A wise man told me many years ago that we get what we inspect, not what we expect. If we measure it, it grows, so make sure you measure the right thing. Growth in GDP and the number of people in work are the government’s primary measure of our economic success. These two measures have never been higher and yet we still consume more than we produce and spend more than we earn.

The explanation is simple but ignored. We measure input and effort rather than output and value.

GDP and employment goes up when we build something or do something, regardless of the value of the output. There are a significant number of people in the UK working hard but whose output has little real value. We need to start valuing output rather than input.

The government, ably abetted by the Bank of England, has been excellent at protecting us from our poor performance and encouraging us to live beyond our means. It is worth pointing out that the Governor of the Bank of England is another passionate advocate of staying in the European Union, which must question his judgement and ability to see and understand the big picture.

We’re consuming more than we produce and the Bank of England want us to consume more. 100% wrong. They do this by printing money. If only it was this simple, we could all stop working and just print money. They also keep interest rates at ridiculously low levels.

The biggest concern, but not a surprise, is that they haven’t figured out that after many, many years it isn’t working. However, the economic reality chickens will always come home to roost. Spending more might make us feel good but will not make our economy strong. More output will. Covering our current account shortfall by inward investment (selling our assets) or endless borrowing makes the short term comfortable but the long term miserable. It’s time to face reality and live within our mediocre performance or, better still, improve our performance.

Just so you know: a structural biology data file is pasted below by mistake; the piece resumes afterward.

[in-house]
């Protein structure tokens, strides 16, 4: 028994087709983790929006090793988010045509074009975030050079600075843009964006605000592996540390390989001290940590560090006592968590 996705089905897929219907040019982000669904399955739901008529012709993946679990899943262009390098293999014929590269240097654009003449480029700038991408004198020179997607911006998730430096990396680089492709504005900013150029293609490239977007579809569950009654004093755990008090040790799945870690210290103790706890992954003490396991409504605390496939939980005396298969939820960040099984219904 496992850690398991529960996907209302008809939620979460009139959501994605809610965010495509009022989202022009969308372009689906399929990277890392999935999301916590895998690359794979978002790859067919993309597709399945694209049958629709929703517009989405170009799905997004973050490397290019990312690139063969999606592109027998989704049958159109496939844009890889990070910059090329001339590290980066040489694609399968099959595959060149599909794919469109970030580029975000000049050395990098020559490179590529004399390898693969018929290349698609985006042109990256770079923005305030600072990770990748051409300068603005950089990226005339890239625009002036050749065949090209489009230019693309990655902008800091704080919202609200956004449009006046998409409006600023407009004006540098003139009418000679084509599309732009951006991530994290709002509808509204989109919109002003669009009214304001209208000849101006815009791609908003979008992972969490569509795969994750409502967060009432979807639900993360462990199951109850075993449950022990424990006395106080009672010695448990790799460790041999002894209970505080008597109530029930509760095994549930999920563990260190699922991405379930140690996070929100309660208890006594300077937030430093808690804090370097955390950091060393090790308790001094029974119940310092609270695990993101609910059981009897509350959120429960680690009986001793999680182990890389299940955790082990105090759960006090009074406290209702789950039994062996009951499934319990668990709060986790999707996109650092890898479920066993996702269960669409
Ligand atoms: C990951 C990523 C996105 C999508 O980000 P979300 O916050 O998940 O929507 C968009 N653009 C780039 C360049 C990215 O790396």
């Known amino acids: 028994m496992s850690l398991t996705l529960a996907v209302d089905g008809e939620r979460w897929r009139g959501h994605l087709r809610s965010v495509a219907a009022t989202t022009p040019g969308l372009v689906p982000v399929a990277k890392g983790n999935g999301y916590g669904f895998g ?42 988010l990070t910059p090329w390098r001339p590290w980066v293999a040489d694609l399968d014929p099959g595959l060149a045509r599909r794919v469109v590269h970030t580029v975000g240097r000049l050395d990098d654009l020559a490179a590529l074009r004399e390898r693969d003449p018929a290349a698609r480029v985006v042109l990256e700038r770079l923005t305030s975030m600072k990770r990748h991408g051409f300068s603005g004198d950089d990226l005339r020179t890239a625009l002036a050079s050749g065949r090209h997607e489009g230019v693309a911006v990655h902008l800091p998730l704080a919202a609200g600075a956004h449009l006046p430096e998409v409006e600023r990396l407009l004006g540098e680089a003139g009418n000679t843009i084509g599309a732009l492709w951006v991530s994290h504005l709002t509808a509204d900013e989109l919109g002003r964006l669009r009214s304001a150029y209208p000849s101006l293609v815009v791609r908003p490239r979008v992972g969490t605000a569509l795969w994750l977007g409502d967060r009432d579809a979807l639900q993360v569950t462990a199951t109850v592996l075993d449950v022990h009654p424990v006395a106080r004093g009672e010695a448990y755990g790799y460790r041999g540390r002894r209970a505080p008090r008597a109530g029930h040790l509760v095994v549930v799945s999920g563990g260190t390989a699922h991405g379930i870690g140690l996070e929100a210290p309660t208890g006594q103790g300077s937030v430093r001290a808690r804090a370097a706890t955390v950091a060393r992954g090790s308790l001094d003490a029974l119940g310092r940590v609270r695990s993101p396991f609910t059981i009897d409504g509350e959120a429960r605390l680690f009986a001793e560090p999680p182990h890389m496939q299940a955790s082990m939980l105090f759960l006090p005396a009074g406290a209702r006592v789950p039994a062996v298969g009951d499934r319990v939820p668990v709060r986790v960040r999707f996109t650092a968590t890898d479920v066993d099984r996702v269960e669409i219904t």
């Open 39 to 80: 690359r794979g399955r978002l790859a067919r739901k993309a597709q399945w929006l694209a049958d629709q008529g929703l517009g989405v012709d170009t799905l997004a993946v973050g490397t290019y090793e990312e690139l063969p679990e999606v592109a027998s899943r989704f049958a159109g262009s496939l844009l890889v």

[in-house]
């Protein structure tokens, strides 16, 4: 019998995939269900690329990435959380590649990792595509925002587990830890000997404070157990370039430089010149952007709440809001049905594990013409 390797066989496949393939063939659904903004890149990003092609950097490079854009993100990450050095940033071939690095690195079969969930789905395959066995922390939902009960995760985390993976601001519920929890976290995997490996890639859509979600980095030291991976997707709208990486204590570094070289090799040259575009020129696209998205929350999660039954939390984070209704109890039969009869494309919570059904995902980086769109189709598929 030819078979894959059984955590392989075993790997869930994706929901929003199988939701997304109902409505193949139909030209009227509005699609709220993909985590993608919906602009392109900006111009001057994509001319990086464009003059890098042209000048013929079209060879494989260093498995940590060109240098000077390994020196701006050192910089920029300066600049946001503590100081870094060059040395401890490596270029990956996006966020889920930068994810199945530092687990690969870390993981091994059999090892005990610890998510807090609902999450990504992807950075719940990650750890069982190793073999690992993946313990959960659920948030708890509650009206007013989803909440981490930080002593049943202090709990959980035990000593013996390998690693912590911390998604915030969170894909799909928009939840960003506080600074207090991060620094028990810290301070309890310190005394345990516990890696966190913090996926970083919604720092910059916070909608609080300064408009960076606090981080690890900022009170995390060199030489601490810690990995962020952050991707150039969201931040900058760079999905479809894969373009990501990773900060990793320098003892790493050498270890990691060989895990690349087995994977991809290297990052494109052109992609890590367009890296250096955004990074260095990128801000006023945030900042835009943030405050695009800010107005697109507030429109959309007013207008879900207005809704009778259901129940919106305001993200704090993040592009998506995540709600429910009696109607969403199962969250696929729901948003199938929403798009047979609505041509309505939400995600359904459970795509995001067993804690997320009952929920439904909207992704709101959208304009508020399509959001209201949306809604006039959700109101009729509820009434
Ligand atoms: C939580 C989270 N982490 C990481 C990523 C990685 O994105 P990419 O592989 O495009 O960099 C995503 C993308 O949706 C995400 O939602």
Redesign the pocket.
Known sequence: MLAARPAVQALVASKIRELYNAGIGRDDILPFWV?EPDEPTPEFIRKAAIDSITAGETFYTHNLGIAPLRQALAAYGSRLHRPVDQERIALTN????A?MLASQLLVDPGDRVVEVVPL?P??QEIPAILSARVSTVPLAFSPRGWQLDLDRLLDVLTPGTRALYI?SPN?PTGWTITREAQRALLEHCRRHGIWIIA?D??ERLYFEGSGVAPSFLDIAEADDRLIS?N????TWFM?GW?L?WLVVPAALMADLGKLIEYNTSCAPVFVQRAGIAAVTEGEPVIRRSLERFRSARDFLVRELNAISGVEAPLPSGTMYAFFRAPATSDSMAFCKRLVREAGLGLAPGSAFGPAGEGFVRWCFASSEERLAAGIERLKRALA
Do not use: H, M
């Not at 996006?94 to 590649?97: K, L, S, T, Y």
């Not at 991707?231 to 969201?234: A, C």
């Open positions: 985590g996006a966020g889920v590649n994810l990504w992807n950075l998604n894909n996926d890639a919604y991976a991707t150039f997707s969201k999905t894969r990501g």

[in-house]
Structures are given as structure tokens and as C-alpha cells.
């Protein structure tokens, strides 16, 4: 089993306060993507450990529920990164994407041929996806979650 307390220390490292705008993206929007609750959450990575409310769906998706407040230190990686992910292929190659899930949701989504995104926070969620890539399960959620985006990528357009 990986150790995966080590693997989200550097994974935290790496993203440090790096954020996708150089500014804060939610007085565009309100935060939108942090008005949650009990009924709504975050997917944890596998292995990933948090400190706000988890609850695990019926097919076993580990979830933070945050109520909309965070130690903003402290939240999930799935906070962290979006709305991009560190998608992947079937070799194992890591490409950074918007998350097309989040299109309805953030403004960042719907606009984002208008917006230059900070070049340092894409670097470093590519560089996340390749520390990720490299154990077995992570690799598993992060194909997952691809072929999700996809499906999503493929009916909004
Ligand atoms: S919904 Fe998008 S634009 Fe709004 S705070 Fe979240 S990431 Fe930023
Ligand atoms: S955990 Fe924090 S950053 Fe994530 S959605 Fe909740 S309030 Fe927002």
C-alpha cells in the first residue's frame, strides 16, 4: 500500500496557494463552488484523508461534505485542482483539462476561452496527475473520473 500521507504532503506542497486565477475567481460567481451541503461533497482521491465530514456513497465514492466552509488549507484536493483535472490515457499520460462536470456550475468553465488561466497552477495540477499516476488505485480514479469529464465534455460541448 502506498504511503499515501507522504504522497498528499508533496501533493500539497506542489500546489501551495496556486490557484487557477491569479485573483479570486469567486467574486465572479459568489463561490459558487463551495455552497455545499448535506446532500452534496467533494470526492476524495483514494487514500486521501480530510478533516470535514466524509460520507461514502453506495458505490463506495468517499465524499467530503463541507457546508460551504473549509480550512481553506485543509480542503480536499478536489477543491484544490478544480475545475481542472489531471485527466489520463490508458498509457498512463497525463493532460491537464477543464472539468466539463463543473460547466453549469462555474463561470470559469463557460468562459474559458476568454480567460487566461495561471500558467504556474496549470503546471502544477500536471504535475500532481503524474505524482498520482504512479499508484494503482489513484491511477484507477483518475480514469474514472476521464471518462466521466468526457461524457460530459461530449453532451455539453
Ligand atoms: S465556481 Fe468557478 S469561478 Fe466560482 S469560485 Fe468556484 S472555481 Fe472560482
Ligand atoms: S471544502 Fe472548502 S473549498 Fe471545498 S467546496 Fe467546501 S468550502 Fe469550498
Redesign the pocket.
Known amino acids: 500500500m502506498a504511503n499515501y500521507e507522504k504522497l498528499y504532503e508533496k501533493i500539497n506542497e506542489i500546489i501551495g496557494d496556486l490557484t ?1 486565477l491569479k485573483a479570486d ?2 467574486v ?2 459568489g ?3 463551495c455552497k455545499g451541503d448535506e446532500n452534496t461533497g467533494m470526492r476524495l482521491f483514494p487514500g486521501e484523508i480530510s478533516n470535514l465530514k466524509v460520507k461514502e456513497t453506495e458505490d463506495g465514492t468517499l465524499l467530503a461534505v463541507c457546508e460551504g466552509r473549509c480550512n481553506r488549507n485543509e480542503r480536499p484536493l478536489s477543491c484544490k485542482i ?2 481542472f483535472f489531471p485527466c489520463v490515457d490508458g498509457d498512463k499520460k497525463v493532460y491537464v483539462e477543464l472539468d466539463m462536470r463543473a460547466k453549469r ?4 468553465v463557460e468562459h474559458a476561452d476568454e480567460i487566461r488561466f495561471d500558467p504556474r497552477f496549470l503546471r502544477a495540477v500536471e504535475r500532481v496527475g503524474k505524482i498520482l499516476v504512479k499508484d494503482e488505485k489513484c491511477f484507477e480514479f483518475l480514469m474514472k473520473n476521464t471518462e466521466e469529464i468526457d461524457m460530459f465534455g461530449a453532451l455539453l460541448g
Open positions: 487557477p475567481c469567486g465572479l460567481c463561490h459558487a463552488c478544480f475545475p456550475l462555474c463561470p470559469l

In the meantime we need to complete Brexit, which seems to be taking almost all of the Cabinet’s time. ‘Falling off a cliff’ and ‘crashing out of the EU’ are widely used terms. More accurate descriptions are that there will be a blip on the road and then smooth going rather than falling off a cliff; and rather than crashing out, we’re walking away to self-government.

One thing not often understood about tariffs is that the money charged goes to our government. We, the consumers, pay the tariffs and the government gets the cash so the overall cost to the country is minimal. Furthermore, it will result in more manufacturing in the UK to avoid the tariffs. This, in turn, will strengthen our economy, reducing the need to borrow or sell assets.

Tariffs between the UK and the EU will make little difference to trade and in any event, there is nothing we import from the EU that we cannot either supply ourselves or buy somewhere else in the world.

Take cars as an example. If the tariff is, say, 10%, it makes British cars more attractive than EU-manufactured cars. On balance the same volume of vehicles will be produced but they’ll stay in the country of manufacture, good for our carbon footprint. If we export more cars than we import, overall production may reduce but we should use the available capacity to manufacture something else we currently import and there’s lots to pick from. Our aim should be to end up with more manufacturing output than today, focusing first on supplying our home market – which is very big – and then exporting to countries in exchange for something we can’t produce, such as certain minerals or food products.

The other problem with the UK is the number of manufacturing resources that are owned by foreign companies, which only aim to make profits. The cash they invest does help our current account shortage due to our deficit, but this would not be required if we had a sound economy. The fact that their loyalties lie elsewhere can be a problem.

Brexit opens up the opportunity to think big about how our economy operates. But we need to leave first, and the heat generated by the current arguments in the media shouldn’t be allowed to distract the Government from implementing the real ‘people’s vote’, which took place on 23rd June 2016.